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Valentin SILVESTROV (b. 1937)
Metamusik (1992)
Postludium (1984)
Alexei Lubimov (piano)
Radio-Symphonieorchester Wien/Dennis Russell Davies
Recorded: ORF Studio, Vienna, April 2001
ECM NEW SERIES 1790 (472 081-2) [67:38]

Silvestrov has long been obsessed by the idea of postlude. "Everything we wish to say is an echo, an allusion, a postlude to something that has already been said at some time". These words, presumably by the composer, printed in Tatjana Frumkis’s essay printed in the accompanying booklet, sum it all up perfectly well. Indeed, Silvestrov composed three chamber works sharing that title, and this set of Postludes may be performed either as a whole or separately: Postludium DSCH for soprano, violin, cello and piano (1981), Postlude for solo violin (1981) and Postlude for cello and piano (1982). Silvestrov composed a Violin Sonata titled Post Scriptum in 1990-1991 which also relates to the same concept.

Postludium ("Symphonic poem for piano and orchestra") completed in 1984 partakes of the same idea. Postludium and the somewhat later Metamusik share many similarities but the most striking difference is that Metamusik is twice as long as Postludium. Structurally, the two pieces have much in common: both are for piano and orchestra, both open with a powerful ‘Big Bang’ and both include slower sections glancing back at Romantic music, albeit through allusions rather than mere quotations. One might even be tempted to consider Postludium as a try-out for the later, larger work. The earlier work, in spite of its relative brevity, is magnificently accomplished, fully standing on its own musical merits. It is a compact, tightly knit and – on the whole – perfectly balanced piece of music. As already mentioned, it opens with an arresting orchestral gesture and the ensuing music is imbued with doom-laden urgency. The music is more overtly dramatic and straight-to-the-point than in Metamusik which explores its material on a much longer time span. The music quietly dissolves in a tender, dream-like coda. No wonder that this piece has been recorded on several occasions. I can think of – at least – three other recordings of it : one was – and may still be – available on a rare Russian disc which I remember having seen in a record shop in Brussels, whereas two fairly recent recordings are still available (on Sony as a ‘fill-up’ to the large-scale Fifth Symphony and on Megadisc MDC 7837).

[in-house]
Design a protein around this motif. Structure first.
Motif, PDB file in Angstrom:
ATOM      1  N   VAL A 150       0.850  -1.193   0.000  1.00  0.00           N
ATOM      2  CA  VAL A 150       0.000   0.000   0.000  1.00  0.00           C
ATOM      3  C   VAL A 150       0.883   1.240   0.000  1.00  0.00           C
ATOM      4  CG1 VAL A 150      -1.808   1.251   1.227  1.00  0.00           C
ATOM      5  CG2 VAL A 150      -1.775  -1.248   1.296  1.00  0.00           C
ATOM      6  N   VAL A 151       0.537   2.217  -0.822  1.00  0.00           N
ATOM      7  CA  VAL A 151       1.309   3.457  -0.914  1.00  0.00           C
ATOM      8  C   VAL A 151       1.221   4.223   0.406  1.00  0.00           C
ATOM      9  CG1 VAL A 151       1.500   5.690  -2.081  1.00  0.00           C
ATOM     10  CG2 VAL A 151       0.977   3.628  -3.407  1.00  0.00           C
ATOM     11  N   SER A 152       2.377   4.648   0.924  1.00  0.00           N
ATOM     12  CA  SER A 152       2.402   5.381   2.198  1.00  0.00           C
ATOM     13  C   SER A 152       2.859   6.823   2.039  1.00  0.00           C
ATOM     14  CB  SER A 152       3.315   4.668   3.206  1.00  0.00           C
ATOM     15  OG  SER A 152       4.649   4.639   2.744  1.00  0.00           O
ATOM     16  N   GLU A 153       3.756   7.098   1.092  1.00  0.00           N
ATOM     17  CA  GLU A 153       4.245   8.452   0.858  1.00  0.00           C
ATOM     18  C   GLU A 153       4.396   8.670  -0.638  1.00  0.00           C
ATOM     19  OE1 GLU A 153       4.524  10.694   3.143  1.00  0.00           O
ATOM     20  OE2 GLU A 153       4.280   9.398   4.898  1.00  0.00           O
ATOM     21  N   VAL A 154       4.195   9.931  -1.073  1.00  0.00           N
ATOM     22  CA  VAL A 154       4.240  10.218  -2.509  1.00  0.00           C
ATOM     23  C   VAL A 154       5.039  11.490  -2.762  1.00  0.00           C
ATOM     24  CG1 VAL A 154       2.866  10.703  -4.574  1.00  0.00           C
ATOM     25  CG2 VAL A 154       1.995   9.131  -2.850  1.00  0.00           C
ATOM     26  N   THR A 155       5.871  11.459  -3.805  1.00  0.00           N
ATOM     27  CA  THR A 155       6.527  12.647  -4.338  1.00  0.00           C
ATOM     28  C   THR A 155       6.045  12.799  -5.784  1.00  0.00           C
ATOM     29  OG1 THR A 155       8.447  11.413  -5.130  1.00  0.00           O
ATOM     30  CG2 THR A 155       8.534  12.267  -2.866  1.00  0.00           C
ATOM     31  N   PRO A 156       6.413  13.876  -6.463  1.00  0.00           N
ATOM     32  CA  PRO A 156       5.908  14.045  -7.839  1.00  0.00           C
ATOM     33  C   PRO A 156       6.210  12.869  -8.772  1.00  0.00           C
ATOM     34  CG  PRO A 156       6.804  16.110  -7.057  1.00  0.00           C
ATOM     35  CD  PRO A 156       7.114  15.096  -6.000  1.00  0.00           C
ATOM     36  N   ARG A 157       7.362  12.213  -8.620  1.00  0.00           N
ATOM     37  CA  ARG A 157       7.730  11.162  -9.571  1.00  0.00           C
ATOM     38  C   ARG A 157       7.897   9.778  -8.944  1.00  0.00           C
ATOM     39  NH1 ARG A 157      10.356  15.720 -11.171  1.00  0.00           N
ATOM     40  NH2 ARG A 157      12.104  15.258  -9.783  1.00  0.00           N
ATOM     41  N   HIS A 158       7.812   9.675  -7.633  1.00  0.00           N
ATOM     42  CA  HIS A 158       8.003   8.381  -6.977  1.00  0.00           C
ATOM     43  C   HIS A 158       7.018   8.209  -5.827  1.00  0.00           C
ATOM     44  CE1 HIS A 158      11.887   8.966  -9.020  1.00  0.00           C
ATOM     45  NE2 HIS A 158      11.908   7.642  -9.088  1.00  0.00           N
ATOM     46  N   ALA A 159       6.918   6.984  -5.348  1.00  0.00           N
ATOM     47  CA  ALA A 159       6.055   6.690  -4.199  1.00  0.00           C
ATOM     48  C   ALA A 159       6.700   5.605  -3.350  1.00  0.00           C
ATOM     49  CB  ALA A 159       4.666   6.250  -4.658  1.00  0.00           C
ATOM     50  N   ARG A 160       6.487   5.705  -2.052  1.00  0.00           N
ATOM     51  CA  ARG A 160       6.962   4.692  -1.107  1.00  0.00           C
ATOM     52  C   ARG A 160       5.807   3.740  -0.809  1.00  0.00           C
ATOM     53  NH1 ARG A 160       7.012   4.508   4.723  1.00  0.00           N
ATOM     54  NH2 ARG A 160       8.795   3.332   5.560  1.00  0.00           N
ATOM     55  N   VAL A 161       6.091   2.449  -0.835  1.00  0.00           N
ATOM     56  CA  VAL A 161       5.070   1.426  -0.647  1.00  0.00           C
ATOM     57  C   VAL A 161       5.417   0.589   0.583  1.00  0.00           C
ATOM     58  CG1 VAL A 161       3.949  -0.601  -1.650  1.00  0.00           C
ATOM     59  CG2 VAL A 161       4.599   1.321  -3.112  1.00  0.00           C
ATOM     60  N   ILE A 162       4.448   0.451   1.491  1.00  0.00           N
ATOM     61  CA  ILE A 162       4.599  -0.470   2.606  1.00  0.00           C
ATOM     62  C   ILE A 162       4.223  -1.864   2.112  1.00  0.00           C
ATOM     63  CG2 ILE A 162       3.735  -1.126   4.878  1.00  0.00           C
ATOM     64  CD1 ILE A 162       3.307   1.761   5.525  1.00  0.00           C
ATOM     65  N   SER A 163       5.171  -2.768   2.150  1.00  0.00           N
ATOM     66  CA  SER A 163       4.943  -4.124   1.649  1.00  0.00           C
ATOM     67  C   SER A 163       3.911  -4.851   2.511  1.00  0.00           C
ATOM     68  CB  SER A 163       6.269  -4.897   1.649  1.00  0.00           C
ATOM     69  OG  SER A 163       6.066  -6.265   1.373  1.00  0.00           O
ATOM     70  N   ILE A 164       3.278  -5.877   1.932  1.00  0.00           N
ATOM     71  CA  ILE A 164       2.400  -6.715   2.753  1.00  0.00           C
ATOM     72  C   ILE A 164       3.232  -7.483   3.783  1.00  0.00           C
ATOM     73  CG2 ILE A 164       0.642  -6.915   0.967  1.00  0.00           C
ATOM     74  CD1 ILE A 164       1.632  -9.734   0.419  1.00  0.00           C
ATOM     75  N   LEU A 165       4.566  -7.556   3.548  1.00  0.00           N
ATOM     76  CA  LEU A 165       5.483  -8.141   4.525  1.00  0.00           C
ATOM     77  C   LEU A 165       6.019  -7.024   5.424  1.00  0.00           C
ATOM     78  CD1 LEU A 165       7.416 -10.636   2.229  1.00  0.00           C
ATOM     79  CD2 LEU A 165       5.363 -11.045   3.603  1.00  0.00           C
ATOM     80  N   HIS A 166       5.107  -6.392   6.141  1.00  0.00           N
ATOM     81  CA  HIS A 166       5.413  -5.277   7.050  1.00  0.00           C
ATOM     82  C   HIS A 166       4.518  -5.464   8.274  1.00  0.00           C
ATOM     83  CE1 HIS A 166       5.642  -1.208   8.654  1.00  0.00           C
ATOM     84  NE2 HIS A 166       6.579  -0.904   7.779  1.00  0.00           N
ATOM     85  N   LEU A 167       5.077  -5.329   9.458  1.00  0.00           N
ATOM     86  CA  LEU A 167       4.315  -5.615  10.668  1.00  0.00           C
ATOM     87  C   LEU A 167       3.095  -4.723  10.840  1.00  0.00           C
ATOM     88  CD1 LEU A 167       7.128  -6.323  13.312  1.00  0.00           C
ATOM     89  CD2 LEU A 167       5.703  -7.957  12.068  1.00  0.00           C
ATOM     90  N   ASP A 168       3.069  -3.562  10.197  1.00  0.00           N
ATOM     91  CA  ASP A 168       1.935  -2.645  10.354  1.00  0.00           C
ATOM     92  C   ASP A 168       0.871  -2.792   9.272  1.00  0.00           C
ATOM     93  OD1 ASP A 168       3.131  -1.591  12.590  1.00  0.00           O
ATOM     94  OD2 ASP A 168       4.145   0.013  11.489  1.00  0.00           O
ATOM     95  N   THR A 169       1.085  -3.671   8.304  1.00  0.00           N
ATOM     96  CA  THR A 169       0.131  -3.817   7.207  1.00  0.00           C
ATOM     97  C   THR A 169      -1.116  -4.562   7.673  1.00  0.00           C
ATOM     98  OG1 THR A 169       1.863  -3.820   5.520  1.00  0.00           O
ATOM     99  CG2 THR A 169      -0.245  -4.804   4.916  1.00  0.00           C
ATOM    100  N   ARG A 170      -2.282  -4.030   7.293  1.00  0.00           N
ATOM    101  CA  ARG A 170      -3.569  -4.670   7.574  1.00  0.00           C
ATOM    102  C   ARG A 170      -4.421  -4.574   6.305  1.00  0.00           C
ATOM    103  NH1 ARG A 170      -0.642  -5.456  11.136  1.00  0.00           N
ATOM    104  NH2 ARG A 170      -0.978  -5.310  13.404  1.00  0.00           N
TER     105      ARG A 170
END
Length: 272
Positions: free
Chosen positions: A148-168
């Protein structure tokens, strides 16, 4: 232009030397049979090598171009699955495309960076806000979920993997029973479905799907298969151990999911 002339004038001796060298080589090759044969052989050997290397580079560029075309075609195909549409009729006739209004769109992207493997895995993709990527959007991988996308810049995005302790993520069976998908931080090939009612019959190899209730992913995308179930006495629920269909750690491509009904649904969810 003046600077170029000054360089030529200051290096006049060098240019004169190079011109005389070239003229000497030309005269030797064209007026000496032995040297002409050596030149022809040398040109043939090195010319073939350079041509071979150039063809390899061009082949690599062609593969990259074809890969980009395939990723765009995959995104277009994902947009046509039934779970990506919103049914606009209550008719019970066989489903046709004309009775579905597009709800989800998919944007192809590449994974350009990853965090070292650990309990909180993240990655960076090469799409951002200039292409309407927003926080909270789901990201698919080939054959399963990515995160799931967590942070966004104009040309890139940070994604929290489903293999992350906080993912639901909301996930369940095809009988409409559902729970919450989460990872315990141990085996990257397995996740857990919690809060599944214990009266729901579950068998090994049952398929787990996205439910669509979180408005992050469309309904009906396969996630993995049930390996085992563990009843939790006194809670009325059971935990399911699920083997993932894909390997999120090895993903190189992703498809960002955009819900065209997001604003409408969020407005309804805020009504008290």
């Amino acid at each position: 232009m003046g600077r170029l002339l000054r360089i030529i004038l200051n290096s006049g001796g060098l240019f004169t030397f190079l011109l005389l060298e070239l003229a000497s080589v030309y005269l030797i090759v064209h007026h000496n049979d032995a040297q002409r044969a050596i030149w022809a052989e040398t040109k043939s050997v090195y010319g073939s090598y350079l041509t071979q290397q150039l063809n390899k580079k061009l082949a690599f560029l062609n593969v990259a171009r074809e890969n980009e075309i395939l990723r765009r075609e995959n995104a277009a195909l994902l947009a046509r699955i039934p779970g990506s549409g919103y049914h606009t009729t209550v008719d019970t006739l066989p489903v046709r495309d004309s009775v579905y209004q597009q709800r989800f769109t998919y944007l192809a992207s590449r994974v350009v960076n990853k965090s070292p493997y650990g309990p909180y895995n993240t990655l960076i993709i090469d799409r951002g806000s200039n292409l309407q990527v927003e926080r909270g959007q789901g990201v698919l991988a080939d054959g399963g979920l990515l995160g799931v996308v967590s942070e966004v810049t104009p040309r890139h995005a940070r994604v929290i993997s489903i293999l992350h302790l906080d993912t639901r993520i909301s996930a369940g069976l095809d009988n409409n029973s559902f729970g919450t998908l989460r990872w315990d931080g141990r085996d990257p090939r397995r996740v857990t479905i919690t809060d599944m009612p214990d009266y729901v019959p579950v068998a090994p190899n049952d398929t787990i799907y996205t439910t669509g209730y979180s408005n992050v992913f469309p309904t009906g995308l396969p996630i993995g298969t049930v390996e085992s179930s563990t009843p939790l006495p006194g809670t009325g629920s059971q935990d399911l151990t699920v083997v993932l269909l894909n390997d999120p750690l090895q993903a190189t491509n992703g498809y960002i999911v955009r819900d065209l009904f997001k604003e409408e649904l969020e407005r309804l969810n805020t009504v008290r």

Metamusik, too, opens with a mighty wave of sounds washing everything aside. This is followed by a cadenza introducing a more troubled, menacing section punctuated by massive chords and angry interjections from the orchestra. This sombre, ominous mood is sustained at quite a length in ebbing waves. The tense mood of the music then relaxes in a musing episode in which the piano spins soft, bell-like figurations and arpeggios. At about 10’20’’ (track 1), the music looks back in a Rachmaninov-like meditation, which – curiously enough – superficially recalls Richard Rodney Bennett’s romantic film scores. This is followed by a long questing episode more or less mirroring the opening bars of the work. At about twenty minutes in, the Romantic music is resumed with a deeper sense of loss (or regret?) signalling the beginning of what is actually the work’s long-drawn coda concluding in an ethereal mood. Metamusik is a major work, although not an easy one; and certainly one that does not easily yield all its secrets. Silvestrov’s music is not difficult to listen to; the difficulty is rather to see through or between the notes, as Alexei Lubimov rightly remarks in his short essay printed in the booklet.

Silvestrov is an important composer whose music has been fairly well served so far, as far as commercial recordings are concerned, although some of the symphonies are still unrecorded at the time of writing. He has also found a number of wonderful performers wholly dedicated to his music (Lubimov also has recorded Silvestrov’s Piano Sonatas and Cello Sonata – the latter with Ivan Monighetti – for Erato several years ago). All concerned here play with convincing commitment. These superb performances, recorded under the composer’s supervision, are self-commending. Another magnificent release from ECM. I now wish that ECM could go on recording more of Silvestrov’s music. A recording of the Third Symphony Eschatophonie is now long overdue.

Hubert Culot



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